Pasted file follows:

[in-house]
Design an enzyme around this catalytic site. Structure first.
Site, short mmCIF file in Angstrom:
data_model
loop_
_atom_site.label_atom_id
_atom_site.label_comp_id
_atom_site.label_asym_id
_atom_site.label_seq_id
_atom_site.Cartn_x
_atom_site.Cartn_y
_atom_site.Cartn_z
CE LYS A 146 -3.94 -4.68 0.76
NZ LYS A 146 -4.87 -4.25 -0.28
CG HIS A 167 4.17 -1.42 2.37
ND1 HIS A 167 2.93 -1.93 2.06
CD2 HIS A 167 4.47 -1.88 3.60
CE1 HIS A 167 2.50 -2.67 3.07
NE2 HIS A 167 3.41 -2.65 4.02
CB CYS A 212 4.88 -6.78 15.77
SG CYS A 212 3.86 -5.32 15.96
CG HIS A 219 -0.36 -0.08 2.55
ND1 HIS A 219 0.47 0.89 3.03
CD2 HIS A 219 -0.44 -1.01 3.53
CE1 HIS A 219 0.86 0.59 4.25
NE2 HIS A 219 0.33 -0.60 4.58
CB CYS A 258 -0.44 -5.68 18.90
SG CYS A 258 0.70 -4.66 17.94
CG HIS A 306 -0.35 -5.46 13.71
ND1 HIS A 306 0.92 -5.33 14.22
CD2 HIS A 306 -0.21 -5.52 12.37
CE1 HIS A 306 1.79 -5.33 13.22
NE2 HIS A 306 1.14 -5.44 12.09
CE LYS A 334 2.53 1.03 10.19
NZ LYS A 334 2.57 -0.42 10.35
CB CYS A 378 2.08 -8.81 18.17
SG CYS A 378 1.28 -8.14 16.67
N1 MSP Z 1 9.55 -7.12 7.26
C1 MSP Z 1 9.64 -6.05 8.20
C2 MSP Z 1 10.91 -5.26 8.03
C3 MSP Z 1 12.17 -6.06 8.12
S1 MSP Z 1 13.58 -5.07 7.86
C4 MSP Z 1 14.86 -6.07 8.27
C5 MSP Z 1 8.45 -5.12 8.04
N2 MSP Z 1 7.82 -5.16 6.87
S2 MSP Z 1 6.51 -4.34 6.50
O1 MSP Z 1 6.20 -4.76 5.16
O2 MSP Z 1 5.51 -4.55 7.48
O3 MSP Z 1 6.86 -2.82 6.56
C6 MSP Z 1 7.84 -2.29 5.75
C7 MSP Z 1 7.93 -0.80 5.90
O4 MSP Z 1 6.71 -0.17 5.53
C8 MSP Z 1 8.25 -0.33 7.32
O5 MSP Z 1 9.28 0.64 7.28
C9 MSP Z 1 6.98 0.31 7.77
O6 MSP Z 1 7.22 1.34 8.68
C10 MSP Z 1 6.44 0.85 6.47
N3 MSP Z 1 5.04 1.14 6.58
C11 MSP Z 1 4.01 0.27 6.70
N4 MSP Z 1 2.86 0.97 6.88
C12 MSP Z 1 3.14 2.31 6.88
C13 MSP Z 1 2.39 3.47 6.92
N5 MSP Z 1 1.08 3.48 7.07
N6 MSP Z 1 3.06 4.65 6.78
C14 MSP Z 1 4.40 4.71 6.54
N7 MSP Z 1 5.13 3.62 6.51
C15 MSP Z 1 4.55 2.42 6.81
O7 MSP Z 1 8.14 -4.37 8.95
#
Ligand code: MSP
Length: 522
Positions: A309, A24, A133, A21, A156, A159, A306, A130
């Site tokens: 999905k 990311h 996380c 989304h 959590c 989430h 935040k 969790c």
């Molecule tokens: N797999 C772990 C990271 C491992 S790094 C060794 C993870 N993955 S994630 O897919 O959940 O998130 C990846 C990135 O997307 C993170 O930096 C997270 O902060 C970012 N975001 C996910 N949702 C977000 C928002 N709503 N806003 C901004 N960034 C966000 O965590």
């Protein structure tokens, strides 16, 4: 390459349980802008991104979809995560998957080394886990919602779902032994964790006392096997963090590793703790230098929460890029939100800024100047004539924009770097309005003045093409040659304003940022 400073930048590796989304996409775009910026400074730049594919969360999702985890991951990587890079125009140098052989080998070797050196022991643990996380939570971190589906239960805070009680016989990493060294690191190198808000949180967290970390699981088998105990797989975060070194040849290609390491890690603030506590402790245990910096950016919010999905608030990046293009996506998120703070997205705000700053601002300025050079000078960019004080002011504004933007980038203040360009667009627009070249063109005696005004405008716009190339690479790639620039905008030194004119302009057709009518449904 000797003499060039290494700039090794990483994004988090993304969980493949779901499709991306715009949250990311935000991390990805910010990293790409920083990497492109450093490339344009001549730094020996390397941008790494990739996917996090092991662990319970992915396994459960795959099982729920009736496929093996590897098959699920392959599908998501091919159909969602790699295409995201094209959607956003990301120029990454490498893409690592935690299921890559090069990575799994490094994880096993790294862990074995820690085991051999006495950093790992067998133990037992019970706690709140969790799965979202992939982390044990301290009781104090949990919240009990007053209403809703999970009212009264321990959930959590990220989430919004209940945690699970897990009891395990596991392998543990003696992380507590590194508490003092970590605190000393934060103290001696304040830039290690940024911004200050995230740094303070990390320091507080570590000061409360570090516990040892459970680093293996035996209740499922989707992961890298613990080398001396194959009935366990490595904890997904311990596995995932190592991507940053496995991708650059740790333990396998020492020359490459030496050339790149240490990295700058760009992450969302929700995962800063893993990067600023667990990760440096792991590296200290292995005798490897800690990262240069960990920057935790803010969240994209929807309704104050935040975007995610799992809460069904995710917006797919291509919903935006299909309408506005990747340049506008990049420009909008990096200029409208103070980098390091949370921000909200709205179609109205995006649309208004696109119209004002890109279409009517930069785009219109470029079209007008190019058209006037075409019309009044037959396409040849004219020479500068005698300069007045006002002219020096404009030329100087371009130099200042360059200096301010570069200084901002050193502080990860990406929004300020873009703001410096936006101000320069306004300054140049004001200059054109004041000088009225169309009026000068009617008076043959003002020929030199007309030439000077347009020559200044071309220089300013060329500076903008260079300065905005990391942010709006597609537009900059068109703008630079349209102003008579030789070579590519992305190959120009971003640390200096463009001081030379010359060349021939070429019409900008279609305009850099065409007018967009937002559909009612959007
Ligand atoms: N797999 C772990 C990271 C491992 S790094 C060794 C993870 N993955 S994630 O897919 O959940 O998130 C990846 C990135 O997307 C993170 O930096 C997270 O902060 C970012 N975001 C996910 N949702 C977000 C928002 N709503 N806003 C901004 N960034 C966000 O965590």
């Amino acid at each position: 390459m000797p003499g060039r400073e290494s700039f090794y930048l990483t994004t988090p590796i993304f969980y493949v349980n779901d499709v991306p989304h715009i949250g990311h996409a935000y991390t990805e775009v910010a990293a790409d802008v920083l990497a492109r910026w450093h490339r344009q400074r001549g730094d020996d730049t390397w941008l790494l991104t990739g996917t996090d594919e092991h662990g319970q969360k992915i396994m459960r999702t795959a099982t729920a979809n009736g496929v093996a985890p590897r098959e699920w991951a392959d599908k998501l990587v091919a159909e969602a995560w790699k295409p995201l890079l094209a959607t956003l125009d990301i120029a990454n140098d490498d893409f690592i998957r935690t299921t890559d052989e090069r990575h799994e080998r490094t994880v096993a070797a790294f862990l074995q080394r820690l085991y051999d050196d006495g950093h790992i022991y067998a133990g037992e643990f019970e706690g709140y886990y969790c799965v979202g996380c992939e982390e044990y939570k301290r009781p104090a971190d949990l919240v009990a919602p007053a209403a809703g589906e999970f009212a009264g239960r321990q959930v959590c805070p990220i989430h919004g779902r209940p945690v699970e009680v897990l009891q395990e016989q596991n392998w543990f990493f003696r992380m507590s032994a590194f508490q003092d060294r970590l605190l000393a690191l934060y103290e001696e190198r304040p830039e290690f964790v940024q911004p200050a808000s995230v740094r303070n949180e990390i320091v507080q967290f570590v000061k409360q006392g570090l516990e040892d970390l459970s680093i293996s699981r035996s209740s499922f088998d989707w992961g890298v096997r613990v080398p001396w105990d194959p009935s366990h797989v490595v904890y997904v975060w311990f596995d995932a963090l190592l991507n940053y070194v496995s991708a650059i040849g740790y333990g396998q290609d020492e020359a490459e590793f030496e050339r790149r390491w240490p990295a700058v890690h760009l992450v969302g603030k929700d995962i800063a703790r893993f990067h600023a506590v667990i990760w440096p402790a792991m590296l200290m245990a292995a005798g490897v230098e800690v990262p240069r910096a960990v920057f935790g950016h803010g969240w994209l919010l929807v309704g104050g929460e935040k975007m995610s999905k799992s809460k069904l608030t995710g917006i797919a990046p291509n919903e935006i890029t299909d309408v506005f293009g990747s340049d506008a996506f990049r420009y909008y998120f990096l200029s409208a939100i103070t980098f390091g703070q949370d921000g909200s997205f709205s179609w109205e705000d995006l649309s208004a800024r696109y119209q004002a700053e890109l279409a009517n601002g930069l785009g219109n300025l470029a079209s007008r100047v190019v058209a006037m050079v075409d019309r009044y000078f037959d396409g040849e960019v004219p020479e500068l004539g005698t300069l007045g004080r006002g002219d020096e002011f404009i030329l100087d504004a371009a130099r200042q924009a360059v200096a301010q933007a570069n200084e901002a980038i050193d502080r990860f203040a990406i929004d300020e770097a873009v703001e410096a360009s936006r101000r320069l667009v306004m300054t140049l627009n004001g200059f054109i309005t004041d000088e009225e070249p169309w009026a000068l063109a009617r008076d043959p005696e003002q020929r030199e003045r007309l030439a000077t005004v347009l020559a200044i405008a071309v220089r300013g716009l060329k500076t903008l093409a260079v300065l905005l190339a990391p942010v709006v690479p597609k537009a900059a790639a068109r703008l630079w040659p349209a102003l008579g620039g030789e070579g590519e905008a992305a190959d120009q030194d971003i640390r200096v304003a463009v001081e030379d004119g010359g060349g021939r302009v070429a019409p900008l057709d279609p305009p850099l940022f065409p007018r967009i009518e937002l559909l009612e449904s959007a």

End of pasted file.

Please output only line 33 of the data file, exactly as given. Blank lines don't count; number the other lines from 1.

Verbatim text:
NE2 HIS A 306 1.14 -5.44 12.09